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DAVID GREENE, HOST:

Many Americans 65 and older are familiar with Medicare Part D. It helps seniors with the cost of prescription drugs. The nonprofit news organization ProPublica has a story out today, detailing how vulnerable this program is to fraudulent spending and how little the federal government's doing to stop it.

ProPublica's Tracy Weber was the lead reporter.

So, your story takes us back to 2006, when Medicare part D was first being rolled out. And you quote a law enforcement official in Los Angeles as saying "let the crime spree begin." What did he see about this program that early on?

TRACY WEBER: Well, part D wasn't set up to look at what the doctors were doing. It was set up to get seniors and the disabled their prescriptions as quickly as possible. It wasn't sort of set up to have any safeguards against fraud in it. And investigators, when they heard about the program, they knew immediately that it would be vulnerable.

GREENE: They saw a program where speed was the priority. I mean, let's get this money and get these seniors the drugs and the help that they need as fast as possible, and not worry about what could be going wrong.

WEBER: Right. And most private insurers have about a month to pay a claim for a drug. But in Part D, it's 14 days, and it's a so-called pay-and-chase. You pay the claim, and then if there's a problem with it, you try to and investigate it and get your money back. But, as anyone knows, with scams, it's going to be really hard to get your money back after you've already paid it.

GREENE: What are some of the actual schemes that you've uncovered?

WEBER: Well, we got onto this when we called up a psychiatrist in Los Angeles. And he was prescribing massive amounts of really expensive brand name drugs, and drugs that a psychiatrist wouldn't normally prescribe, like asthma drugs. And we called him up, because in 2010, he had written $3.8 million worth of these drugs. And he said: I didn't write any of those drugs. And it turns out that he had gotten involved with a clinic where they call, you know, asked him, hey, we'll set you up in this clinic. You'll just come and see patients. We'll take care of the billing, and you just get paid when we get paid.

And, apparently, what investigators told him is they took his identification. They had prescription pads, everything, and started writing bogus prescriptions on his identification. And what was really interesting is once I started poking around in his case, investigators all along the way had known, but no one had stopped or blocked his number to stop the fraud from going on.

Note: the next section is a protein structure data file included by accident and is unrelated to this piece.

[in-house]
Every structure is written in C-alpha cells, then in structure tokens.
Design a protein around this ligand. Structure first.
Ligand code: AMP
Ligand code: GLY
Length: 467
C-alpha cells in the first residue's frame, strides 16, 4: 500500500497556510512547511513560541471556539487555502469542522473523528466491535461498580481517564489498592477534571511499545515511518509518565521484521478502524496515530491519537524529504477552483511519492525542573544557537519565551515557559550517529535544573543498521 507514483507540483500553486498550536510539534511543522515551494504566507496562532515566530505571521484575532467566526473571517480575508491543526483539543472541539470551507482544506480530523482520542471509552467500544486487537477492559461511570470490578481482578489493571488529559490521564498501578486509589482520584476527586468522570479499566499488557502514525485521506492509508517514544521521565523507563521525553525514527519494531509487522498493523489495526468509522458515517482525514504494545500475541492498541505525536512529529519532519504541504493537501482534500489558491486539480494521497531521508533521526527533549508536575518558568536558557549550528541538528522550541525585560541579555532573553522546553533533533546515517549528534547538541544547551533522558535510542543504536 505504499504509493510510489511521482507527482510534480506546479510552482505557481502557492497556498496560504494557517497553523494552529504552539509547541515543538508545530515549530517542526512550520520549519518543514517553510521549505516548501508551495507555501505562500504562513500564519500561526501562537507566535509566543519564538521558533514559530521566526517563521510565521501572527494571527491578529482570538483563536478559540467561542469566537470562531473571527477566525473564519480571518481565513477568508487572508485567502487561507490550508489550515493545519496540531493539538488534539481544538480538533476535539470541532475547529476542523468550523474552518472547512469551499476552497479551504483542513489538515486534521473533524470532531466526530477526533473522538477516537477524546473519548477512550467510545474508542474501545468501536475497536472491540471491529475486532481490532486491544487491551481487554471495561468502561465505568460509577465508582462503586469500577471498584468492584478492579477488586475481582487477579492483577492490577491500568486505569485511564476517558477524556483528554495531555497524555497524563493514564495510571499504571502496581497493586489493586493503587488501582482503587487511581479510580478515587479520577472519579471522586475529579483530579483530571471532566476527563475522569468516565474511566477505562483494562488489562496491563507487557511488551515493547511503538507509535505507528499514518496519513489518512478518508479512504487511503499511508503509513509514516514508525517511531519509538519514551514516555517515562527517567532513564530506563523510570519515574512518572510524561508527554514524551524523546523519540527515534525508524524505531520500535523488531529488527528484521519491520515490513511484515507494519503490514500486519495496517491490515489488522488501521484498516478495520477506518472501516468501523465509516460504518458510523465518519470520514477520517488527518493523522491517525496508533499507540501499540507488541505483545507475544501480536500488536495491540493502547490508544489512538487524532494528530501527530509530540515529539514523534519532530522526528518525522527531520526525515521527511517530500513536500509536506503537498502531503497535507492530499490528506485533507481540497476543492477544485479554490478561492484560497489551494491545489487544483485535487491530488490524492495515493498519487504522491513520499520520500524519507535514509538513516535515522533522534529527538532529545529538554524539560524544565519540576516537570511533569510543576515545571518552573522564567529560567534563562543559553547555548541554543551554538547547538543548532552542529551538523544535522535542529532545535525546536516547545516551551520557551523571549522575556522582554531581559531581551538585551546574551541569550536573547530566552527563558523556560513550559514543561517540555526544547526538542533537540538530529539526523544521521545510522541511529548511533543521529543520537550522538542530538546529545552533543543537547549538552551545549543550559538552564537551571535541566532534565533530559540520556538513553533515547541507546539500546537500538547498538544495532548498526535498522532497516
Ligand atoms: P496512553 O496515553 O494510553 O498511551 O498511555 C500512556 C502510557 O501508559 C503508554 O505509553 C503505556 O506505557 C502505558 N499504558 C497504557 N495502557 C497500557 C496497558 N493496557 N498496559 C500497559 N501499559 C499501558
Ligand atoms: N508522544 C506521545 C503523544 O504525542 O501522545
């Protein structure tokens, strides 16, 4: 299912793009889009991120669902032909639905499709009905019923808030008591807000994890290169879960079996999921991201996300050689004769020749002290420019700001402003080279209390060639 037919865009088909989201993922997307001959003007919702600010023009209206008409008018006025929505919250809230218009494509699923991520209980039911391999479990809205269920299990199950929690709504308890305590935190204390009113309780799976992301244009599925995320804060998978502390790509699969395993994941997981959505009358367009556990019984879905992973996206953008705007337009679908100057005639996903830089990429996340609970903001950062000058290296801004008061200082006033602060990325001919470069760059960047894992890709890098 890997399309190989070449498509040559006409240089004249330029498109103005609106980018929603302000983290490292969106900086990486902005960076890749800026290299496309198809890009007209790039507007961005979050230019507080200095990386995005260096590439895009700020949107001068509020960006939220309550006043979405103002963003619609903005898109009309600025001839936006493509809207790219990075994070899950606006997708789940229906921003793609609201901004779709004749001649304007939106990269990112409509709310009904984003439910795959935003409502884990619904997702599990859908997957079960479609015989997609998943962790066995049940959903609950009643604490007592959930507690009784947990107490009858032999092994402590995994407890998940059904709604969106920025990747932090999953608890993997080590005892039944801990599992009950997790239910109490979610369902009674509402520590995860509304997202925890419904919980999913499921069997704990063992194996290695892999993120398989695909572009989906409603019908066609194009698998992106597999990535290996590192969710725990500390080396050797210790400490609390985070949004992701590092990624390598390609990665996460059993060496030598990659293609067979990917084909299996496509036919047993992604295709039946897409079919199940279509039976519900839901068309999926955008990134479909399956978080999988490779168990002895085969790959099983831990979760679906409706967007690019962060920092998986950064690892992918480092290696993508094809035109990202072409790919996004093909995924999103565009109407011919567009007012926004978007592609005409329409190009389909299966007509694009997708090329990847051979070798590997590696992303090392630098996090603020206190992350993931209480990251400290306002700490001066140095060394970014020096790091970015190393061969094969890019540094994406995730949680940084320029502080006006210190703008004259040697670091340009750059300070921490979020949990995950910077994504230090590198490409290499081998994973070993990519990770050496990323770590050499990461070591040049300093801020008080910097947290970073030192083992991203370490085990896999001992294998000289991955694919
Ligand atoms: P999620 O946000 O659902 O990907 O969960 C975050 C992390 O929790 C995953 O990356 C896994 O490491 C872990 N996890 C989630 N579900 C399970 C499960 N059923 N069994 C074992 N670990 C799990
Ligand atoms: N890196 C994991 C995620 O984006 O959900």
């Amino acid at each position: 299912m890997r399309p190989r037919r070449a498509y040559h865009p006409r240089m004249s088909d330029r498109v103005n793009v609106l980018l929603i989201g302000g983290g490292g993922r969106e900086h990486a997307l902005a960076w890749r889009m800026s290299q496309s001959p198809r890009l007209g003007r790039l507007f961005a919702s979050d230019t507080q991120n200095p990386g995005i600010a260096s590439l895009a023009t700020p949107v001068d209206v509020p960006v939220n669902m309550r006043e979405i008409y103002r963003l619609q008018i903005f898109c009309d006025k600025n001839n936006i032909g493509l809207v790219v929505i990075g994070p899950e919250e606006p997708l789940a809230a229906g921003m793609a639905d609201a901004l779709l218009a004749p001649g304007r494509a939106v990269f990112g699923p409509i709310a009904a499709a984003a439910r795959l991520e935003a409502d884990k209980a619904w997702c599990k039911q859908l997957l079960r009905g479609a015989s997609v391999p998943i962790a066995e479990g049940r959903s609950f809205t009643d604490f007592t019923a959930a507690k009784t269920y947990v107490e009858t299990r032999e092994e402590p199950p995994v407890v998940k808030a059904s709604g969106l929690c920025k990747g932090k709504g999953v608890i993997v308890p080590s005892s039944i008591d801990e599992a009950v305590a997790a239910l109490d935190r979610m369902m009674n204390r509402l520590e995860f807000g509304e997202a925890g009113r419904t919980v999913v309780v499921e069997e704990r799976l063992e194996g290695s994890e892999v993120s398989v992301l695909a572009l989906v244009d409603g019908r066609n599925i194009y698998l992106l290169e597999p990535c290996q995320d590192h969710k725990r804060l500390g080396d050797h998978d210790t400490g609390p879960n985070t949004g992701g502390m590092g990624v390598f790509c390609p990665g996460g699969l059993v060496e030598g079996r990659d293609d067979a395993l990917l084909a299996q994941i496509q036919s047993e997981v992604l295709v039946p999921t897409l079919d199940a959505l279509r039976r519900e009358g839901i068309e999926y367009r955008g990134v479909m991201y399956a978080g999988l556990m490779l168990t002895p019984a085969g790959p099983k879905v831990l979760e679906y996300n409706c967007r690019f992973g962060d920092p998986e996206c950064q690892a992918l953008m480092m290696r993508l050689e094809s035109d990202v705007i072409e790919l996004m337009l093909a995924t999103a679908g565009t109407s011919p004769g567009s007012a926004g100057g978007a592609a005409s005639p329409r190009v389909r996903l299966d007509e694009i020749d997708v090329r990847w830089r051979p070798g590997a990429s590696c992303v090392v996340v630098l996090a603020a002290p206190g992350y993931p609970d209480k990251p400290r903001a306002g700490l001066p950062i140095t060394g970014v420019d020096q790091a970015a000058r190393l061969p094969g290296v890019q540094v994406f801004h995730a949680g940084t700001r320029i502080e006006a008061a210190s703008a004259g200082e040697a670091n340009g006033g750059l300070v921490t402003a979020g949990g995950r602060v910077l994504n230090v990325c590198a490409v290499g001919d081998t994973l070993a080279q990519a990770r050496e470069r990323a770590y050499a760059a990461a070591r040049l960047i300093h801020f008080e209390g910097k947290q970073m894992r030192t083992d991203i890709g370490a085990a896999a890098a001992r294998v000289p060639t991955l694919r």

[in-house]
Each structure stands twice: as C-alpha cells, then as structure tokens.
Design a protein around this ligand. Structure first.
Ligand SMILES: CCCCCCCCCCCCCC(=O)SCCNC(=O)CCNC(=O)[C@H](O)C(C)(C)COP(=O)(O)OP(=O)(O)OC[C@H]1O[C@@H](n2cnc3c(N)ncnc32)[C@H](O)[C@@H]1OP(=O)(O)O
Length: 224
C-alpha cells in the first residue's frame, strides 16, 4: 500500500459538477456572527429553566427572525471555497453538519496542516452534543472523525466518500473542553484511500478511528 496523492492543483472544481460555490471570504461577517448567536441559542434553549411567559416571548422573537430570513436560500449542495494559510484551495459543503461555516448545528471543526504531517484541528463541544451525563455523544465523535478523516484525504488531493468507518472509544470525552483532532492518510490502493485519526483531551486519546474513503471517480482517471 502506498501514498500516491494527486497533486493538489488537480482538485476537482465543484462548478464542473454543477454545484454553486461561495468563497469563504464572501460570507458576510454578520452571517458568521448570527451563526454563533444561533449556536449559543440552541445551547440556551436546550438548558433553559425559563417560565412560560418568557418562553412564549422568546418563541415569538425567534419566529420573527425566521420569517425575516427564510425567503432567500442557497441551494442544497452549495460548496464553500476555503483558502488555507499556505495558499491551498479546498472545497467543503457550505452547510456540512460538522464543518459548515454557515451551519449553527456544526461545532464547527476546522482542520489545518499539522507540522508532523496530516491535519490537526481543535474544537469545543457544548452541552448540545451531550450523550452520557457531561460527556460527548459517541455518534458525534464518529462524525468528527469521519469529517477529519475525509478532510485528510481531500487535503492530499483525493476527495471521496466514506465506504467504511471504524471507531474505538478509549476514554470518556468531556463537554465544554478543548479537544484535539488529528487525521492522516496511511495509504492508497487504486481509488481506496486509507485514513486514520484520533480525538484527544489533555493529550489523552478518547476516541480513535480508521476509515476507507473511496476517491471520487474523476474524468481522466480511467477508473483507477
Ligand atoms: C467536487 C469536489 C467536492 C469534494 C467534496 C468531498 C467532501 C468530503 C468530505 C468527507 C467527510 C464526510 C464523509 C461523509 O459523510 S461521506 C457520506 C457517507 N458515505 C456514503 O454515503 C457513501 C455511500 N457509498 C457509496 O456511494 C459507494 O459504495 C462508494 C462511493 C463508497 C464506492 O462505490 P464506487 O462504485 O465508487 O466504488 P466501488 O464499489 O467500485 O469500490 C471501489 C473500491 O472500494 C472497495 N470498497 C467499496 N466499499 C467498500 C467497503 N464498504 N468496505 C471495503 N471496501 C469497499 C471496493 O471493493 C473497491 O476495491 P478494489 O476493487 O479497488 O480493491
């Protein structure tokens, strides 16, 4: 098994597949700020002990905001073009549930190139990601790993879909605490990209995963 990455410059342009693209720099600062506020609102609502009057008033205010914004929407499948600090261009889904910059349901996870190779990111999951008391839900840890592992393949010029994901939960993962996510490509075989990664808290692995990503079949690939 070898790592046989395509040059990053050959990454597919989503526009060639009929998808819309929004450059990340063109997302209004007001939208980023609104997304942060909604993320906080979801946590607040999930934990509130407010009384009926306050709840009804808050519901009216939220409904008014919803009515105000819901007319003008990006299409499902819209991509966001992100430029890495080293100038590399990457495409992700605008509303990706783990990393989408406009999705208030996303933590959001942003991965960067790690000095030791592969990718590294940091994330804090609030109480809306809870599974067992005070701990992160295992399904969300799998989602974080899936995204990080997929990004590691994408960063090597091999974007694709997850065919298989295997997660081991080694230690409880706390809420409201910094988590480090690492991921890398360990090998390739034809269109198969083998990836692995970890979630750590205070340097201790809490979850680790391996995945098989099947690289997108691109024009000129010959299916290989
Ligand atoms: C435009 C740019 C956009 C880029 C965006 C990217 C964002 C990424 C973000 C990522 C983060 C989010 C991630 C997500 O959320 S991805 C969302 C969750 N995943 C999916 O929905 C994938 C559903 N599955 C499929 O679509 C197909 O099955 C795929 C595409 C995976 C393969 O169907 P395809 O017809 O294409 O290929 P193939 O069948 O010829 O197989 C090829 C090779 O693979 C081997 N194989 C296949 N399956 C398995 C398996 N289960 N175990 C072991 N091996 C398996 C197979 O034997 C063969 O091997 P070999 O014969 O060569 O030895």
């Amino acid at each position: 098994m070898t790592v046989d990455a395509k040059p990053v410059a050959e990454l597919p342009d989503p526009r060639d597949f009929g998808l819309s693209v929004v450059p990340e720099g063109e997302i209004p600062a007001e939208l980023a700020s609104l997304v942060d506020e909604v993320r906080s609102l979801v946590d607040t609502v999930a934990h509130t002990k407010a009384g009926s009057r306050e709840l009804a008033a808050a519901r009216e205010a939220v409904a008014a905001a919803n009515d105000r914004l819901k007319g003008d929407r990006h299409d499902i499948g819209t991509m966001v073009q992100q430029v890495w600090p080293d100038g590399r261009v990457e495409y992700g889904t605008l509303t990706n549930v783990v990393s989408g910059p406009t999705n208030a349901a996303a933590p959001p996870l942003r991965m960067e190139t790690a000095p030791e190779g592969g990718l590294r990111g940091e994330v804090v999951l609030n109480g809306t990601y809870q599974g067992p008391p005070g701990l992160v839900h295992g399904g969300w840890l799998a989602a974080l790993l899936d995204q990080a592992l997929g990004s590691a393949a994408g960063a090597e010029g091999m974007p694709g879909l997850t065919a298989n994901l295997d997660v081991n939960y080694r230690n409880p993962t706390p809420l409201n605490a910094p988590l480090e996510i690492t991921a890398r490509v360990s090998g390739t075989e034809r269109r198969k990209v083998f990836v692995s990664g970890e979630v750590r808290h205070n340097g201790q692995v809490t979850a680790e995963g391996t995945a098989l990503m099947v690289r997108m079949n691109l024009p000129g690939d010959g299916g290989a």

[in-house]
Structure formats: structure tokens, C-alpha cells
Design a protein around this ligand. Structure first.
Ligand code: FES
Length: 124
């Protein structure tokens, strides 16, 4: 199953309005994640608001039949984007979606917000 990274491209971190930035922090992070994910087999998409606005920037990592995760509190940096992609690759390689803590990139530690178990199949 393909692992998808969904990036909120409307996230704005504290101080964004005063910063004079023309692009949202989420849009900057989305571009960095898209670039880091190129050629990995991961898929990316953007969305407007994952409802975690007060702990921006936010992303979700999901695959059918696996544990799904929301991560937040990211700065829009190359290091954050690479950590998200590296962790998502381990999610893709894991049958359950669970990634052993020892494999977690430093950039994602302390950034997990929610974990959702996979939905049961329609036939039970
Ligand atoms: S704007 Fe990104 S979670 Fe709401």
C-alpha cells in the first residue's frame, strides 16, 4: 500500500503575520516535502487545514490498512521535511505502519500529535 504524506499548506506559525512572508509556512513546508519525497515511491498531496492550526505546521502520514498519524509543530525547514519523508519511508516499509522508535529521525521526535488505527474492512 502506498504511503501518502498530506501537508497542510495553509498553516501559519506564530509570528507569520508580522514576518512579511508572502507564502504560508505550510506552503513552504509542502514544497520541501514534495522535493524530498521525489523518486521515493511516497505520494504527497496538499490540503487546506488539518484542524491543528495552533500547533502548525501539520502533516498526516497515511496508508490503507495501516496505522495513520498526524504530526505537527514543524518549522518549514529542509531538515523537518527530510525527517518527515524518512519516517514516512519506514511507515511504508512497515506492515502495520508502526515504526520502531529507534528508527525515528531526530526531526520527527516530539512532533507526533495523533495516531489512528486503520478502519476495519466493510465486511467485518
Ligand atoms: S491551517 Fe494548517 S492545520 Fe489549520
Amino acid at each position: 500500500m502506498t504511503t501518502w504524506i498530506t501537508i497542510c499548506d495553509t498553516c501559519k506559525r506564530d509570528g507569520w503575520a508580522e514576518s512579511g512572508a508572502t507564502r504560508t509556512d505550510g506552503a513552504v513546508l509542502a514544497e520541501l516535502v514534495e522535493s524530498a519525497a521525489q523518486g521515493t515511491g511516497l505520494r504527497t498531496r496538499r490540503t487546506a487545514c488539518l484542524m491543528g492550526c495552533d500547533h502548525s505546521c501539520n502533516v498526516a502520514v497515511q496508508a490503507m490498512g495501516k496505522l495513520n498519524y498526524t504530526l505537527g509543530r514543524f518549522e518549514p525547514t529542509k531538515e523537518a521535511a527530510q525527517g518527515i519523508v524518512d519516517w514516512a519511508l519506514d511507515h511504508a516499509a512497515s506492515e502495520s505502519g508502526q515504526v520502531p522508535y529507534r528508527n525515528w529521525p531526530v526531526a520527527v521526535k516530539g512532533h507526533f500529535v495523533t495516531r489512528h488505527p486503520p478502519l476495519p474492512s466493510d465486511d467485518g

GREENE: So, can you give me some of the reasons why federal oversight is so ineffective?

WEBER: Well, when we took a look at where cases go - like, let's say, for instance, private insurers spot something they consider to be fraudulent and...

GREENE: And we should say private companies are managing this program for the federal government.

WEBER: Right. And they take these tips, and they send them on to Medicare's fraud contractor, known as the Medic. The Medic then sort of investigates the case, looks at the doctors prescribing across plans, and then refers those cases to the inspector general, which investigates them. But only a tiny percentage of the cases that the Medic looks at get referred. Just 12 percent of the cases from April 2010 to March 2011 were referred on to the inspector general.

GREENE: The rest fell off somewhere along the way.

WEBER: Right. And the insurers tell us they never hear back, and they just disappear. Everyone points to resources. U.S. attorneys can make whatever they want a priority, and if health care fraud is not a priority, the cases will not get prosecuted. But many people believe that Medicare - the investigators we talk to, the insurers - should take some steps to be able to block a doctor's ID number if they believe it's involved in fraud, or else give the doctor a new identification number to prevent further fraud from going on.

GREENE: I get the sense from your story that federal officials were not all that willing to play ball when you went to them as you were doing your reporting. But I guess I just wonder, we're talking about a $67 billion program here, and some of these schemes are in the hundreds of thousands, maybe a couple million dollars. Is it possible that they've just decided that, given the relative small amounts of money, it's just not worth paying to enforce this strictly?

WEBER: That could be true. We asked a series of detailed questions of Medicare about this and, you know, what they do to pursue it, and they gave us a paragraph response, and basically said they can take it seriously and refer cases to law enforcement. But it could very well be that on a scale of what they consider to be relevant, this doesn't rise to something they want to pursue.

GREENE: Tracy Weber, thanks so much for talking to us.

WEBER: Thank you.

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